First Sundays Prose is a monthly feature sponsored by the Bloomington Writers Guild and host venue Boxcar Books and includes three featured readers for about fifteen minutes each, followed by a chance for audience members to read.  In fact this was the second time I was a featured reader, the first being at the second “First Sundays” ever in February last year (cf. February 4 2013) where I read THE TEARS OF ISIS’s “River Red” (first published in the 2009 Canadian anthology ESCAPE CLAUSE).  This month the other readers were Michael Manis, a visiting lecturer at Indiana University where he teaches creative writing and composition, with excerpts from a novel he’s currently working on set in 1870s Kansas, and Bloomington poet, prose writer, Writers Guild founding member, and chairperson emerita Patsy Rahn who read a scene from what will be a radio drama series based on the legend of Psyche and Eros.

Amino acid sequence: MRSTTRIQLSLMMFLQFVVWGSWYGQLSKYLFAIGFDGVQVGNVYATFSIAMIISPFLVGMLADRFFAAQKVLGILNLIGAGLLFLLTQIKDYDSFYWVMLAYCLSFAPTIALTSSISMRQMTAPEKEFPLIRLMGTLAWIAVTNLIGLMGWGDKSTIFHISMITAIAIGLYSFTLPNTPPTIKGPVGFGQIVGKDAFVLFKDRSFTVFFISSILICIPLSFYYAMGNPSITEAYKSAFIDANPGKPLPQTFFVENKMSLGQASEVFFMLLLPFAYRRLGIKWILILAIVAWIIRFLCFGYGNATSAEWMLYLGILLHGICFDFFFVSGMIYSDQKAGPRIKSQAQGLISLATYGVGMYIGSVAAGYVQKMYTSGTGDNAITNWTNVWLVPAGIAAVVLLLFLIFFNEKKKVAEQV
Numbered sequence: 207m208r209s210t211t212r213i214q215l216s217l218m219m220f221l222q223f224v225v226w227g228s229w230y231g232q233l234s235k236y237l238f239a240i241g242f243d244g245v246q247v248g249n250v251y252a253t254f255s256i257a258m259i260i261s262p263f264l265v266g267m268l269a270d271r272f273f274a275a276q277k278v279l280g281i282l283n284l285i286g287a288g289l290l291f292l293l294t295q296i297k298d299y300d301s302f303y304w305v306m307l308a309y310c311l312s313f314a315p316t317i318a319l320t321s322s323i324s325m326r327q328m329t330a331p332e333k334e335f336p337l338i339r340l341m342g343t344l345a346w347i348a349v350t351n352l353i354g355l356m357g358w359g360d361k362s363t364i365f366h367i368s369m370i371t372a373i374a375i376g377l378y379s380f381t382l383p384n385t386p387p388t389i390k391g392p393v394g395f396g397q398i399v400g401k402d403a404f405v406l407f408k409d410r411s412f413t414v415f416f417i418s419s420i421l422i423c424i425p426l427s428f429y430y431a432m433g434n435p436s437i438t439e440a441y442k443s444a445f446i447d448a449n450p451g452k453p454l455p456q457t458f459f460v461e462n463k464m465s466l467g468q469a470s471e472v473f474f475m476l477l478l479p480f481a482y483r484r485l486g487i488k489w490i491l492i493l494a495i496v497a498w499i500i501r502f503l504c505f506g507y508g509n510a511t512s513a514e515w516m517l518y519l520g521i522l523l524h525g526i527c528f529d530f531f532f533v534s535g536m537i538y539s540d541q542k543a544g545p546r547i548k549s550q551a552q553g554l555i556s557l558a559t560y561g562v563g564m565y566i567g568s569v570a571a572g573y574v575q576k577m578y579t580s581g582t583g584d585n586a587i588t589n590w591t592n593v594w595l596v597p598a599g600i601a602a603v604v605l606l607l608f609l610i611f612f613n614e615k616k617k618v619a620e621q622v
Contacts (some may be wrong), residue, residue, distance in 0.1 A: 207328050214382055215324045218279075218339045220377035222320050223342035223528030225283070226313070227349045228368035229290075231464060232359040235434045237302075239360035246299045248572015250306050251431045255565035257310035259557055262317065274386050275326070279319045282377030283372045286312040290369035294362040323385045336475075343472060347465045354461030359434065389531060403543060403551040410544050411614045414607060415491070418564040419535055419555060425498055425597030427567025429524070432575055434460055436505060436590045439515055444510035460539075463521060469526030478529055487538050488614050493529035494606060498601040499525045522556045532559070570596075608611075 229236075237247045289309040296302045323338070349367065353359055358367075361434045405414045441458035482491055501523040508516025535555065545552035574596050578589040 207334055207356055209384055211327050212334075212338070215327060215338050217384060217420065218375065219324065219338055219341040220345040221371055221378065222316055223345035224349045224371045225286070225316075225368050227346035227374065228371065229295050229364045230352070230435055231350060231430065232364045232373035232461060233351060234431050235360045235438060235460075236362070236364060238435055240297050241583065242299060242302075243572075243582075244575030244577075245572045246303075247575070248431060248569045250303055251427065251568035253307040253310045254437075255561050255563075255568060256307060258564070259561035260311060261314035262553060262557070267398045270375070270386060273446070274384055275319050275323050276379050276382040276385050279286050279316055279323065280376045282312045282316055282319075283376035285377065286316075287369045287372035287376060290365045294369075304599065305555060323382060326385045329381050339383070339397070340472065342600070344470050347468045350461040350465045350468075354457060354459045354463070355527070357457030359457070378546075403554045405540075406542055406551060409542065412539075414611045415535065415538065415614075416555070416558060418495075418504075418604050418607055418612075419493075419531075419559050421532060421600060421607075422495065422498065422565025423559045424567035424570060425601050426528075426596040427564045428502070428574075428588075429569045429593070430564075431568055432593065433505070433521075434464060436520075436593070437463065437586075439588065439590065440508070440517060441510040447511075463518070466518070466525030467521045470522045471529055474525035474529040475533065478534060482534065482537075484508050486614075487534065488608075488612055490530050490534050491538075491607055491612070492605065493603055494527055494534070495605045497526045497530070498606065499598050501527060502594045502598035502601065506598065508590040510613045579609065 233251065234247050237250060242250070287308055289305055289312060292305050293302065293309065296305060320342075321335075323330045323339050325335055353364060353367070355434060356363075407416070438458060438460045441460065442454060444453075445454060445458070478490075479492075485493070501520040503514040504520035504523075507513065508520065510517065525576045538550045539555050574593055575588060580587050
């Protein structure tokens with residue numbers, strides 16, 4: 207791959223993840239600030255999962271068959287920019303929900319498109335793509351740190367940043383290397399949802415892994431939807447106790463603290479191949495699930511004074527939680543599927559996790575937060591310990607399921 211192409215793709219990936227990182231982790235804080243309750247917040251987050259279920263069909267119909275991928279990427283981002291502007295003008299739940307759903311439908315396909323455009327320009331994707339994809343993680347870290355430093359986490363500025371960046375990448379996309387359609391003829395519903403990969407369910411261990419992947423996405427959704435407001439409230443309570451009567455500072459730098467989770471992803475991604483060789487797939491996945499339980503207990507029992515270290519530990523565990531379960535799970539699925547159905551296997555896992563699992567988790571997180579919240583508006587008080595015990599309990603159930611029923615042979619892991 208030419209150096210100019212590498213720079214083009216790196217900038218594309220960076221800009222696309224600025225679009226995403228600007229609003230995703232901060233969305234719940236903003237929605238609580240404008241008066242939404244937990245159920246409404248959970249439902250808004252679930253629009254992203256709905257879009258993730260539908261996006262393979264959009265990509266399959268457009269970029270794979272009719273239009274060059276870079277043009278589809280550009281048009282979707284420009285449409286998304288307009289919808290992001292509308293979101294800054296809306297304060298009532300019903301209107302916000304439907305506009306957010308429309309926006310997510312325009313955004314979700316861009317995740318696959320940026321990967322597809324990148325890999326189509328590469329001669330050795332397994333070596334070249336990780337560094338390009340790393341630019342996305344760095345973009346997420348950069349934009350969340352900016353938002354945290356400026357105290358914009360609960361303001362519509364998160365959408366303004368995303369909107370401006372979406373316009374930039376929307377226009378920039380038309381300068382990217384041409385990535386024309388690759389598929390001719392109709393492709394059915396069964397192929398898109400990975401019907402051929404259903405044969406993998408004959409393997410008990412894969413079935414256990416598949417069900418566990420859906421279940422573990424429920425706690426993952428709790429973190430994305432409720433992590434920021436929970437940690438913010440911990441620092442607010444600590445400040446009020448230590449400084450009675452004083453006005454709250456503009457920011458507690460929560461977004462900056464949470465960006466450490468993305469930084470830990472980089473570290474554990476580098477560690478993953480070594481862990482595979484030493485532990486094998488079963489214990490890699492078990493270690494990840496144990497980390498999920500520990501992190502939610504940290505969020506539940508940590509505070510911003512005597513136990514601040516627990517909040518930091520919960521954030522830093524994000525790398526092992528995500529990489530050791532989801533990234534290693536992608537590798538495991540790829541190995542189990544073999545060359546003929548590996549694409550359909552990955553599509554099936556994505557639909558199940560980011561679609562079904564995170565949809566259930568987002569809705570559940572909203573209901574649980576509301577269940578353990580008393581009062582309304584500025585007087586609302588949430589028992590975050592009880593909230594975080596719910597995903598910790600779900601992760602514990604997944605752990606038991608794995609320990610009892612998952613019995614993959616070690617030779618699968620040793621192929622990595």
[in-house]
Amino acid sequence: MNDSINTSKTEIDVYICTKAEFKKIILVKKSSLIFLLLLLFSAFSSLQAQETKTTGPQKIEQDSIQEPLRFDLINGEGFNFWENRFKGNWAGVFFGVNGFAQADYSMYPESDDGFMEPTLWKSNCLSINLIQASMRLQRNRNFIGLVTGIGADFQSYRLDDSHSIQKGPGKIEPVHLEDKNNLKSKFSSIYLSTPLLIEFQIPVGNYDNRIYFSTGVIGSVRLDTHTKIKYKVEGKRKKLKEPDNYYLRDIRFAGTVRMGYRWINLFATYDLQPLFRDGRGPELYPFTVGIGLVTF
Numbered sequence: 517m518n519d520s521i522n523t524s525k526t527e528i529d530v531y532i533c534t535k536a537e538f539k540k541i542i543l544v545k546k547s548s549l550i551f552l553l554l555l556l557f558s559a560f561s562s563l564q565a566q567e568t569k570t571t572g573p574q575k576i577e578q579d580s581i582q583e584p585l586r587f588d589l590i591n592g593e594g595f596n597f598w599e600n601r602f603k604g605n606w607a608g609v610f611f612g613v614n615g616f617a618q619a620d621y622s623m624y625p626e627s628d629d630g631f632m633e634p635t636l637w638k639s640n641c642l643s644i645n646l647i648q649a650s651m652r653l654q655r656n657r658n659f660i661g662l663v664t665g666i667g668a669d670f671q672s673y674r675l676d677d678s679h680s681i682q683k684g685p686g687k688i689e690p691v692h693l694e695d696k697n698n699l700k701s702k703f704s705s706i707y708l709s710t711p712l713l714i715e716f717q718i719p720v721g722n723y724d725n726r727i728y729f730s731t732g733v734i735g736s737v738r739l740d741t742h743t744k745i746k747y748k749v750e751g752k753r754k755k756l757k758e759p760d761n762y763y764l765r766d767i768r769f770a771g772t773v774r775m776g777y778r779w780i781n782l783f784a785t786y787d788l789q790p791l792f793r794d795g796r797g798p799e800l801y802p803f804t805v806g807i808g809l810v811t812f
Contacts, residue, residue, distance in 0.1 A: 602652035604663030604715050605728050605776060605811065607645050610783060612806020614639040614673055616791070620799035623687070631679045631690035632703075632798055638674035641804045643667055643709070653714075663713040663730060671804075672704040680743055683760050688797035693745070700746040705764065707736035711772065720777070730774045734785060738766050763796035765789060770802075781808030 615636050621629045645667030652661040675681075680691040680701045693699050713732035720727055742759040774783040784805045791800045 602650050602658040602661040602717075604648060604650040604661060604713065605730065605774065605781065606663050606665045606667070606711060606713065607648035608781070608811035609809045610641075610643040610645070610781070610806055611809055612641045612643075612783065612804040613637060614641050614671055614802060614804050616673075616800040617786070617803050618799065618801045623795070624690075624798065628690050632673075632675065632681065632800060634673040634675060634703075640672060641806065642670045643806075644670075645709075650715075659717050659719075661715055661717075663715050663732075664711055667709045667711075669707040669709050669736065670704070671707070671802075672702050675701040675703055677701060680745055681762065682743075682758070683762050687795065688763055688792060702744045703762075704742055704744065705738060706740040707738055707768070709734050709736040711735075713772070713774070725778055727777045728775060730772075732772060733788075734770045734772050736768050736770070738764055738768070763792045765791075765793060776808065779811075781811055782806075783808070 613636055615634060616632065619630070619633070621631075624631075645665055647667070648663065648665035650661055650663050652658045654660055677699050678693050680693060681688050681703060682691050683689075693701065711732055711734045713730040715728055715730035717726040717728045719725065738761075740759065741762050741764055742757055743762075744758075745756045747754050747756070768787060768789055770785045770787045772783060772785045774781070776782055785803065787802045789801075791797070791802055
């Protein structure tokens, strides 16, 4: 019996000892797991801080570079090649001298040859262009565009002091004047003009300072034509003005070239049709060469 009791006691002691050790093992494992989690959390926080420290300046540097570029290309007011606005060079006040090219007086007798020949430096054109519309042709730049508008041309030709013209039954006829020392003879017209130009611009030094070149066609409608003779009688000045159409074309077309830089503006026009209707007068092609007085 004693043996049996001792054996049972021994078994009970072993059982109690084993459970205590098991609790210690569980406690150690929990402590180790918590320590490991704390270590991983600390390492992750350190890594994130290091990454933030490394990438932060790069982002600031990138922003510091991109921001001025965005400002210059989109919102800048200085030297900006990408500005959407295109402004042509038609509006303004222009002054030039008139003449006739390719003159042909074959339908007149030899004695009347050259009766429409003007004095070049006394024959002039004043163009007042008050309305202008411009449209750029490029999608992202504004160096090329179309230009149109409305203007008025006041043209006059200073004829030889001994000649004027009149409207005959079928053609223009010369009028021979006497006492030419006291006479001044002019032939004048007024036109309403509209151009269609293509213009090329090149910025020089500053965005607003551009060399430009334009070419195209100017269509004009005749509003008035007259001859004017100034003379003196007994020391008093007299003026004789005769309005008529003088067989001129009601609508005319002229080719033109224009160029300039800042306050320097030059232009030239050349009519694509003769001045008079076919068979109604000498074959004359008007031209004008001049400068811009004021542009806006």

More on the Writers Guild, including upcoming scheduled activities, can be found here.

Once upon a time (well, about a year ago less a couple of weeks — see October 25 2013; also this year May 5 and January 7) I sent some poems to Popcorn Press’s CTHULHU HAIKU II, AND MORE MYTHOS MADNESS, and five were accepted and subsequently published early this year.  None of these were actually haiku, but Popcorn Press is generous with its definitions as long as the work is short, including accepting flash fiction at up to 1000 words.  Of mine, one, “Bad Vacation,” was a shadorma, a six-line form somewhat like a lune and a haiku smushed together (cf. August 5 2013), while the others were free verse, “Slow-Motion,” “It Must Have Been That New Fish Food,” “The Vampiress Dreams of an Evening in Innsmouth” (my personal favorite!), and “With the Economy What It Is, Maybe We’ll Take Any Job We Can Get.”